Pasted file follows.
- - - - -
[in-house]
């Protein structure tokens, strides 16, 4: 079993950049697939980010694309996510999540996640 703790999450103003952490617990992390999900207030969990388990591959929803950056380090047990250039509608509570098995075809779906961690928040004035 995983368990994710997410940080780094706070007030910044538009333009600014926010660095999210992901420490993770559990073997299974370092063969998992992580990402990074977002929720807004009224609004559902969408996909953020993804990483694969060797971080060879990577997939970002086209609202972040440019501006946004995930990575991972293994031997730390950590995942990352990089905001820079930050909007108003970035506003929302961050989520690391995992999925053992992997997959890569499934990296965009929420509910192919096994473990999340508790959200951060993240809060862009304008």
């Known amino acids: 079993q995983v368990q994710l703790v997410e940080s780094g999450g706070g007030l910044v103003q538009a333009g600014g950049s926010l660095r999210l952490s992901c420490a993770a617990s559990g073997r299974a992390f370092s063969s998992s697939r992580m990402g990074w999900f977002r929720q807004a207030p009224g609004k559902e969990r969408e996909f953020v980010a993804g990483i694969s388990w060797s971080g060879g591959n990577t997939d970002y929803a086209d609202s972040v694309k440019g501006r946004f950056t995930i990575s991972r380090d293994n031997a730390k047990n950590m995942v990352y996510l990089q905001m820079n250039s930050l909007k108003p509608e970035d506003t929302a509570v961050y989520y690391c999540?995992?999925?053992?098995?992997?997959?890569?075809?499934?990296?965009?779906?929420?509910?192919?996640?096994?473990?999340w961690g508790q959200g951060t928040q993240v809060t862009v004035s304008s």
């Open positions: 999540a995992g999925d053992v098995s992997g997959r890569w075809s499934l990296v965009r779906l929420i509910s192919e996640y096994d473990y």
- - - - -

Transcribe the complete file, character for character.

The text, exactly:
[in-house]
């Protein structure tokens, strides 16, 4: 079993950049697939980010694309996510999540996640 703790999450103003952490617990992390999900207030969990388990591959929803950056380090047990250039509608509570098995075809779906961690928040004035 995983368990994710997410940080780094706070007030910044538009333009600014926010660095999210992901420490993770559990073997299974370092063969998992992580990402990074977002929720807004009224609004559902969408996909953020993804990483694969060797971080060879990577997939970002086209609202972040440019501006946004995930990575991972293994031997730390950590995942990352990089905001820079930050909007108003970035506003929302961050989520690391995992999925053992992997997959890569499934990296965009929420509910192919096994473990999340508790959200951060993240809060862009304008």
């Known amino acids: 079993q995983v368990q994710l703790v997410e940080s780094g999450g706070g007030l910044v103003q538009a333009g600014g950049s926010l660095r999210l952490s992901c420490a993770a617990s559990g073997r299974a992390f370092s063969s998992s697939r992580m990402g990074w999900f977002r929720q807004a207030p009224g609004k559902e969990r969408e996909f953020v980010a993804g990483i694969s388990w060797s971080g060879g591959n990577t997939d970002y929803a086209d609202s972040v694309k440019g501006r946004f950056t995930i990575s991972r380090d293994n031997a730390k047990n950590m995942v990352y996510l990089q905001m820079n250039s930050l909007k108003p509608e970035d506003t929302a509570v961050y989520y690391c999540?995992?999925?053992?098995?992997?997959?890569?075809?499934?990296?965009?779906?929420?509910?192919?996640?096994?473990?999340w961690g508790q959200g951060t928040q993240v809060t862009v004035s304008s």
């Open positions: 999540a995992g999925d053992v098995s992997g997959r890569w075809s499934l990296v965009r779906l929420i509910s192919e996640y096994d473990y």